In looking at Watergate and January 6, it’s amazing how fragile the democratic process remains.  It’s stunning how little seems to have changed.  It’s even more upsetting to think some people still see nothing wrong with any of it.

Image: Robert Pryor

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Most Frightening Quote of the Week – June 11, 2022

“In the coming months, we expect the threat environment to become more dynamic as several high-profile events could be exploited to justify acts of violence against a range of possible targets.”

U.S. Department of Homeland Security, in a bulletin released June 8, warning about a potential increase in extremist violence fueled by recent mass shootings, including the massacre in Uvalde last month; an expected Supreme Court ruling on abortion rights; and November’s midterm elections

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Worst Quotes of the Week – June 11, 2022

“I vote to make sure that those parents be held for child abuse.  There is no such thing as trans kids, there are only abusive parents who are pushing that evil, evil sexual orientation onto their child’s mind. I want to make sure that those parents have been held accountable.  We should start putting some of those parents in jail for abusing their child’s minds. Especially in the school system, any teacher that is teaching that LGBT, transgenderism, furries, the groomers, any sexual orientation communication in the school system should be immediately terminated but [teachers should also] be held for abusing young children.”

Mark Burns, self-described pastor running for the U.S. Congress from South Carolina

Burns, who lied about his military service, declared that – if he’s elected – will reinstate the House Un-American Activities Committee so the government can “start executing people” guilty of treason.

“And of course, above all, they lie about the reason that January 6 happened in the first place. And you know what it is – the entire country watched Joe Biden get what they claimed was 10 million more votes than Barack Obama himself. Joe Biden got 10 million more votes than Barack Obama got. And a lot of those votes arrived after the election.  In a lot of places, voting was stopped in the middle of the night. Why? In the biggest states in the country, voter ID was optional. Why is that okay? A lot of the protesters on January 6 were very upset about that, and they should have been. All of us should be. But the January 6 committee ignored all of that completely. Instead, on the basis of zero evidence, no evidence whatsoever, they blame the entire riot on white supremacy.”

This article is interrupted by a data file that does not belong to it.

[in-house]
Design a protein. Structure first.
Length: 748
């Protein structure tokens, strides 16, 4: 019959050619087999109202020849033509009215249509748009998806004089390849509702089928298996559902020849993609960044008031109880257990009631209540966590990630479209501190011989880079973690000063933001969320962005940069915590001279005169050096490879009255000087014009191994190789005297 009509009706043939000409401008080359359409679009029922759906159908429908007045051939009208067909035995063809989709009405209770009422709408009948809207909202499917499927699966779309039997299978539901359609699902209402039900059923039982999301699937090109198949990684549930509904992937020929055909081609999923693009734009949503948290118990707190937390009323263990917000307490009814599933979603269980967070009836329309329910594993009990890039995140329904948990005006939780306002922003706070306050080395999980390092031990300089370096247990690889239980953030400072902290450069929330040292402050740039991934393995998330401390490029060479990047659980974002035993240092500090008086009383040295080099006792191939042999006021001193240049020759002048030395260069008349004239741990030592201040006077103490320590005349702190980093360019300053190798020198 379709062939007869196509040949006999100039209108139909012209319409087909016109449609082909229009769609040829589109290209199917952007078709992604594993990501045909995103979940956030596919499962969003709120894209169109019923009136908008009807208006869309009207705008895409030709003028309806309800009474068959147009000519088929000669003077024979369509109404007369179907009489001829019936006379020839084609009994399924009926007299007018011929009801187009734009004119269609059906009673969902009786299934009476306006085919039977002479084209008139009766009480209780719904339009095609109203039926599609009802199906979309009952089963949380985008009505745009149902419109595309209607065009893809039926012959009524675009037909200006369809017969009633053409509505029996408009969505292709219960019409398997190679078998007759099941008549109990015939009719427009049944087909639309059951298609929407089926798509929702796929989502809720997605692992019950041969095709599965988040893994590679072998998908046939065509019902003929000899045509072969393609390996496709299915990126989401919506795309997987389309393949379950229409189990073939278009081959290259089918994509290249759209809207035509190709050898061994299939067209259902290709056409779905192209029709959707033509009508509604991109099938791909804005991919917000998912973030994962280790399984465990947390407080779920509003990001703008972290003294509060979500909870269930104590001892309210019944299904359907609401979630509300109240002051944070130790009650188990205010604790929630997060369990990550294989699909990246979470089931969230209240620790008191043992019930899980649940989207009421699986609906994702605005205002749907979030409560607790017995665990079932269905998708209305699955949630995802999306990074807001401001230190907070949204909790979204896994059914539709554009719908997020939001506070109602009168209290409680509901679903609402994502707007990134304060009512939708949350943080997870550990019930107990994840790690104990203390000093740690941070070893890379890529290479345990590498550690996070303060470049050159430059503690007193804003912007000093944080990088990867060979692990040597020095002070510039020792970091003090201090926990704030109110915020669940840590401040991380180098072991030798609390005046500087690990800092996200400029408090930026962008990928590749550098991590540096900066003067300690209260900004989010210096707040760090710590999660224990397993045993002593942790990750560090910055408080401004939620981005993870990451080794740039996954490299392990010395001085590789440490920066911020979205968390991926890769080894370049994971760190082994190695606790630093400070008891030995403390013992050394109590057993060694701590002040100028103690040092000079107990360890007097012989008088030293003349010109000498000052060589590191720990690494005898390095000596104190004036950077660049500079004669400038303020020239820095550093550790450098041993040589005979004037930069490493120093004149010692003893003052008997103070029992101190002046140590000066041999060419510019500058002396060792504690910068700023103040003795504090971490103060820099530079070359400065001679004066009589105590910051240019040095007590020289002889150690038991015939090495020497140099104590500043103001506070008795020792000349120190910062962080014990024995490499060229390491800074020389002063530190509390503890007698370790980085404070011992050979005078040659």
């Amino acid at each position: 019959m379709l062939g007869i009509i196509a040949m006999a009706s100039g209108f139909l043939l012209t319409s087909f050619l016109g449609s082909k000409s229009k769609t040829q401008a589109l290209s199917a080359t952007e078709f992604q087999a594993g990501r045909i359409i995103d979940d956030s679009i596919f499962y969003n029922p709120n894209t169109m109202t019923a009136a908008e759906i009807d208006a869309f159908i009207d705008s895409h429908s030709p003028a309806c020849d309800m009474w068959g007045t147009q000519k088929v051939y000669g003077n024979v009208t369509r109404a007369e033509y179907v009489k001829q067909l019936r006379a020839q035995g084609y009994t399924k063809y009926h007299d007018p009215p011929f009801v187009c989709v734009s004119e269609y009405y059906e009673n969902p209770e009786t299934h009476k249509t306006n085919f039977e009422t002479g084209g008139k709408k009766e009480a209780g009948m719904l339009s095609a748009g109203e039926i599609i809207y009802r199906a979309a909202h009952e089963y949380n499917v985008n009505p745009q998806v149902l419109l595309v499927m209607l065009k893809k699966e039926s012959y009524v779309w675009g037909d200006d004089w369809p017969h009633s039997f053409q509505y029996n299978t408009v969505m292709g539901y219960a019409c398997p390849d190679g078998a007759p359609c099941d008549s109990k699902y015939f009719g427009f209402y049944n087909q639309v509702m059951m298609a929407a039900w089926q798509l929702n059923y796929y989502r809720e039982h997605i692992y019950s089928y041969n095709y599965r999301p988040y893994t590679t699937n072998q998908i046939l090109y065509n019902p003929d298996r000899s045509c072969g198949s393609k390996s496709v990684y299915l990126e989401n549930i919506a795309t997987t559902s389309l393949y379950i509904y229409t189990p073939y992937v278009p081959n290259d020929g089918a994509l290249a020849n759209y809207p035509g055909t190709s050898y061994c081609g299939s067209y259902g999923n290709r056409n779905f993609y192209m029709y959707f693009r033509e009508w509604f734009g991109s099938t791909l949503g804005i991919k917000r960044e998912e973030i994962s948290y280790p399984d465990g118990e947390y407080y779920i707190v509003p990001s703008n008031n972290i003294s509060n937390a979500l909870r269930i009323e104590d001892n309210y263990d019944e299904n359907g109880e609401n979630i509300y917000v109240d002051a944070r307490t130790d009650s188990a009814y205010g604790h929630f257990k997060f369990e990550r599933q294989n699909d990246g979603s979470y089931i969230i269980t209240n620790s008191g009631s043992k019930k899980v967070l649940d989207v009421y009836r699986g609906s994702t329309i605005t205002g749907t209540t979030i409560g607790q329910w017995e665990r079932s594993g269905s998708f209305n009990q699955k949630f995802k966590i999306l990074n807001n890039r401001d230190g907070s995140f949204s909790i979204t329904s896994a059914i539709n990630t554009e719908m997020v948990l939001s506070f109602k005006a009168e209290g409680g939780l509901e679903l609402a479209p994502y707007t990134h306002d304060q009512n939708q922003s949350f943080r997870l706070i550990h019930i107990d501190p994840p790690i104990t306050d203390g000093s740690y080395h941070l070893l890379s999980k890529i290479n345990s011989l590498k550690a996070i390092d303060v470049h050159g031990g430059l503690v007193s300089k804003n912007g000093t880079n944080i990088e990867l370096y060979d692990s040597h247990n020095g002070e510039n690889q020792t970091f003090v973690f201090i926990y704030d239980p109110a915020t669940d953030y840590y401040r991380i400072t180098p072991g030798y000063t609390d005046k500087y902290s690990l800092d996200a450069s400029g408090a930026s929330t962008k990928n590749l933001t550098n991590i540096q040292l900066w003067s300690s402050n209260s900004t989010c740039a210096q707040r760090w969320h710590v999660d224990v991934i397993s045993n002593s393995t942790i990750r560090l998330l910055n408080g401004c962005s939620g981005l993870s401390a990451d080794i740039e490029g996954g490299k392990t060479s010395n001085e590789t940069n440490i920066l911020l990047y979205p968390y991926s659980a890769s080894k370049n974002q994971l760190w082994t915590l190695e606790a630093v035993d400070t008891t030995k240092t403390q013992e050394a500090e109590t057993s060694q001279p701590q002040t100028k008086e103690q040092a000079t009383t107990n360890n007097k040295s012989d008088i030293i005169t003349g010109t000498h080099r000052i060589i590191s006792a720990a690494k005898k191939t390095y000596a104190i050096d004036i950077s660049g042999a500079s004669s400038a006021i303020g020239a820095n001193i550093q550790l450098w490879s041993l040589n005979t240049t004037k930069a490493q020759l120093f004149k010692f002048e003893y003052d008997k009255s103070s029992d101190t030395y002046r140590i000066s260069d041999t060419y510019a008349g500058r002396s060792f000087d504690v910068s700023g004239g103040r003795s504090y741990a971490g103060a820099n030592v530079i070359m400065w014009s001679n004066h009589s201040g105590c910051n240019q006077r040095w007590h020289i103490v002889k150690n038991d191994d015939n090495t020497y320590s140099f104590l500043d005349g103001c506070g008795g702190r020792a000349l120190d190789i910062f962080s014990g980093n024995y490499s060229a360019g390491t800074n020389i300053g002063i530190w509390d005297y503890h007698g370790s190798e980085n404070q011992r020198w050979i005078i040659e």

Tucker Carlson, about the January 6 Committee

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Total Madness

Children flee Robb Elementary School in Uvalde, Texas on May 24, 2022.

They’re like recurring allergies – they just keep hitting over and over.  But we have a bevy of cures for allergies.  We don’t seem to have many for the sickening epidemic of mass shootings in the U.S.

As of this day, the U.S. has experienced over 250 mass shootings in 2022 – more than the number of days thus far in the year.  A mass shooting is defined as an event where four or more individuals are shot, not including the actual assailant.

Two recent massacres – 10 people in a grocery store in Buffalo, New York, and 21 at an elementary school in Uvalde, Texas – have garnered considerable attention.  The Buffalo calamity was racially-motivated, and the Uvalde event was the worst school shooting since the 2012 Sandy Hook Elementary School shooting in Newtown, ConnecticutBetween the Buffalo and Uvalde episodes, the U.S. experienced 14 other mass shootings.  Let that sink into your brain for a few minutes.

The gun issue has always been sensitive and controversial.  Hardline gun rights advocates have consistently placed the value of their sacred firearms over the right of people to live peacefully and happily.  Even more aggravating is a recent survey where 44% of Republican voters say mass shootings are one price we have to pay for living in a free society.  Somehow that doesn’t surprise me.  Ironically, many of these people consider themselves pro-life.

On the other side, far left gun control proponents want to eliminate all firearms for private citizens; believing that – in this violent, imperfect world – we only need herbal tea and kind words to solve every crisis.  These are the same people who get so emotional it’s almost painfully embarrassing to watch them recount their ordeals.  I understand these are horrific events, but the time for tears and anguish has already passed.